Feature | Coronavirus (COVID-19) | March 21, 2022 | By Melinda Taschetta-Millane
Attendance was healthy at the recent HIMSS22 in Orlando. Mask mandates had lifted just days before the event, but many attendees still elected to keep that extra layer of protection.

Attendance was healthy at the recent HIMSS22 in Orlando. Mask mandates had lifted just days before the event, but many attendees still elected to keep that extra layer of protection.


I recently came across a very interesting survey conducted by KFF Polling regarding the consequences of both ending—and keeping—COVID-19 restrictions. In late-February, federal, state and local authorities made the decision to ease pandemic restrictions, and though the majority of people are looking forward to easing back into normal life, most still are hesitant about potential lurking consequences of loosening the boundaries.

Are we at a turning point in this pandemic? The survey, The February KFF COVID-19 Vaccine Monitor, looks at what a return to normal means for most people. Overall, people feel the worst is over. According to the survey, six in ten adults (62%) say that when it comes to COVID-19 in the U.S., “the worst is behind us.” Another 17% say the worst is still yet to come, while 17% said they don’t think COVID-19 is or will be a major problem in the future. According to KFF, this is a reversal from perceptions of the pandemic 14 months ago, which was prior to widespread availability of vaccines. In December 2020, one-quarter of the public thought the worst was behind us while half (51%) said the worst is yet to come.

The majority of adults are worried about possible consequences of both lifting and not lifting restrictions. Six in ten are worried about immune-compromised people being left behind due to their increased risk of getting sick (61%), and about half are worried there will be an increased number of deaths in their community or they won’t be able to receive needed medical care because local hospitals could again be overwhelmed when restrictions are relaxed (48%).

The survey goes on to say that nearly half of U.S. adults think it will be safe to resume normal pre-pandemic activities by late spring or sooner, including one-third (35%) who say it safe to do so “now,” 4% in “the next month or so” and one in ten who say it will be safe “by late spring.” Another one in five say they think it will be safe to resume activities by mid-summer (13%) or mid-fall (5%). However, 26% feel it will be at least another year, maybe more, before it will be safe to resume normal pre-pandemic activities.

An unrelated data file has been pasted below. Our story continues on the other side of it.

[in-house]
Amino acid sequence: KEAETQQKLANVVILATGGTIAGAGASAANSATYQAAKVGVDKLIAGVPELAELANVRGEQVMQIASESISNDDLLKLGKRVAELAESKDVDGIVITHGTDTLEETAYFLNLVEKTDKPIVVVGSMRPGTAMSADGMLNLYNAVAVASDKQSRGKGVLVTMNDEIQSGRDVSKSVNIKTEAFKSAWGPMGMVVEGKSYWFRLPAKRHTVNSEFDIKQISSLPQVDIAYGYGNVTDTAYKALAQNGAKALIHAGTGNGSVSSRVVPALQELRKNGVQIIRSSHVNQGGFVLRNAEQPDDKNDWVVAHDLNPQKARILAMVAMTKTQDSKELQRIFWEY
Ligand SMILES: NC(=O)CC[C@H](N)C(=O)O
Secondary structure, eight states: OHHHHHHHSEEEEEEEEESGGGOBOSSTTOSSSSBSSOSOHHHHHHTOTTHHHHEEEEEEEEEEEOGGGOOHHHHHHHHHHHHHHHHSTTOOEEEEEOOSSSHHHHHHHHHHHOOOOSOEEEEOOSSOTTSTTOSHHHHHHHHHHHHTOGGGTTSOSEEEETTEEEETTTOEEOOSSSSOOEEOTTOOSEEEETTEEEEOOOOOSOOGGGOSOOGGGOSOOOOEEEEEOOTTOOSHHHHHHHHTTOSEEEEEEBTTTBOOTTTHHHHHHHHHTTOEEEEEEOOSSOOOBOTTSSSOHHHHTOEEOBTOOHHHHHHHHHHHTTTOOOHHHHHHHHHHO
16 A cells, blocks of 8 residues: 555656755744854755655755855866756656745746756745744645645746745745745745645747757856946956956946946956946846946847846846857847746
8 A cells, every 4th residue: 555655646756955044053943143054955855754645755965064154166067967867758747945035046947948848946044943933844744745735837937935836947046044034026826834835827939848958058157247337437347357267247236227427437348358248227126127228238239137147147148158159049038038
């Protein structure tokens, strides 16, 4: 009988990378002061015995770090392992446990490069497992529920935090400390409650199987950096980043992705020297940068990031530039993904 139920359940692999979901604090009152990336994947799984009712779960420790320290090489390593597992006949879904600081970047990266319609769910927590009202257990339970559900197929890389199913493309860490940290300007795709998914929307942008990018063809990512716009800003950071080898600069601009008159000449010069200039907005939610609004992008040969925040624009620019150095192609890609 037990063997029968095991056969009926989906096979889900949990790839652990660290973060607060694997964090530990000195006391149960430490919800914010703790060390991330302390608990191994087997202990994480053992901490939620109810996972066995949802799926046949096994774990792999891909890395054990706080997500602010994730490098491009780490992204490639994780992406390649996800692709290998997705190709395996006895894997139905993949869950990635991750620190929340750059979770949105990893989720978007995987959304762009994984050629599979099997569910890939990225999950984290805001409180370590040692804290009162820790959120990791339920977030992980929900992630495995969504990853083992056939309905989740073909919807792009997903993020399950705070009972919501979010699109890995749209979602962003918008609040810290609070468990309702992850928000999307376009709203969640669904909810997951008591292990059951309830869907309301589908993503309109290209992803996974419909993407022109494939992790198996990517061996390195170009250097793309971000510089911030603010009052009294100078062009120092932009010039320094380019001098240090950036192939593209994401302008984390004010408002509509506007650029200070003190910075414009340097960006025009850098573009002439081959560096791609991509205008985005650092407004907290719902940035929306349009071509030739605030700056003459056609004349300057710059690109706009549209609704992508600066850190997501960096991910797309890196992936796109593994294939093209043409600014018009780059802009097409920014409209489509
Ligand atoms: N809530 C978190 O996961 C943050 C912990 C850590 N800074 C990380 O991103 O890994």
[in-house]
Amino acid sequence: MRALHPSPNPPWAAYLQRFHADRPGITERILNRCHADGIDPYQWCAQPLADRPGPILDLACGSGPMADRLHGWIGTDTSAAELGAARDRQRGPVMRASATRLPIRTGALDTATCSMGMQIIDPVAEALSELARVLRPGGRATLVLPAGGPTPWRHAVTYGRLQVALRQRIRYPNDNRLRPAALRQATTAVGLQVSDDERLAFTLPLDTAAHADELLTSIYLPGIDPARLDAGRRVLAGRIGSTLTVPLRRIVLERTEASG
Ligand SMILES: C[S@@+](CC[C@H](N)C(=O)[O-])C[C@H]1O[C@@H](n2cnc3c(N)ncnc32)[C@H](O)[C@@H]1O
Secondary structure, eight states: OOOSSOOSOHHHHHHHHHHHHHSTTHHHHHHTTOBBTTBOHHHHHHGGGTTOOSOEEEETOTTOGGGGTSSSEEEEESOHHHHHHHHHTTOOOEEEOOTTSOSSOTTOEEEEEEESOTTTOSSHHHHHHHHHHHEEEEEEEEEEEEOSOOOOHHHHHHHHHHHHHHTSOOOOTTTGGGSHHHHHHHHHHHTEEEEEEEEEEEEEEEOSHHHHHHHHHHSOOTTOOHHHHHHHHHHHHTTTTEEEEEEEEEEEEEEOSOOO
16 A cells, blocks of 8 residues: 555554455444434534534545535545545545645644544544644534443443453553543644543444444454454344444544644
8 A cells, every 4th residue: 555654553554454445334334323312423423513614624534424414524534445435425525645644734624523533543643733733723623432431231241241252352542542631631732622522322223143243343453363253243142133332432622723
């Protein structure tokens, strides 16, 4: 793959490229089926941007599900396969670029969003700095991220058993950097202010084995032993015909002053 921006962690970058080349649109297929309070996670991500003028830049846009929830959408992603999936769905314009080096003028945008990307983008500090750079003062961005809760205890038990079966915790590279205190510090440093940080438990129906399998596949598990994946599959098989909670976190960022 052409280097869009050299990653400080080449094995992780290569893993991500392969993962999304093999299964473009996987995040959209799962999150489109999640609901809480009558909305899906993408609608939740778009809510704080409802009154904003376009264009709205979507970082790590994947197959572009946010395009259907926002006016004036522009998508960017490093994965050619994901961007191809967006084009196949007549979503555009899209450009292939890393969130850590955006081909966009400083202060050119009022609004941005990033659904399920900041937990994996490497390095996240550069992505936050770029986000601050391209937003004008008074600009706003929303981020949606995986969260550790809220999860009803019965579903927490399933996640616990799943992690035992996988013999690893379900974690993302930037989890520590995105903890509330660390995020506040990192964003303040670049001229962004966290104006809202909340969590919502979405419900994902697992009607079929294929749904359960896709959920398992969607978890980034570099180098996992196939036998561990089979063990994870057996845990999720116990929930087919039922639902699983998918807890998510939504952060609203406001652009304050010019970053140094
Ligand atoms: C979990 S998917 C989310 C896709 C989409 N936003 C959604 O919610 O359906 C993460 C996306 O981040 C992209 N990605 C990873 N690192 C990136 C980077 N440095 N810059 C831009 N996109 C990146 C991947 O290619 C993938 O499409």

As for the medical imaging industry, a slow and gradual approach appears to be the norm for now, in large part based on what we are seeing with industry conference patterns. The majority of conferences are offering a hybrid model, where attendees can choose to either attend in person or virtually. The Healthcare Information and Management Systems Society (HIMSS) 2022 annual conference and exhibition held in Orlando in March will be the first event for many since the mandates have been eased. HIMSS is still requiring that attendees and exhibitors show proof of vaccination, and be masked throughout the event. 

The one thing that all survey participants did agree on was that “normal life” is going to look different moving forward. There is no going back to the way things were pre-pandemic, however lessons learned can hopefully help the world move forward as the pandemic starts to morph down to an epidemic.

More HIMSS 2022 content

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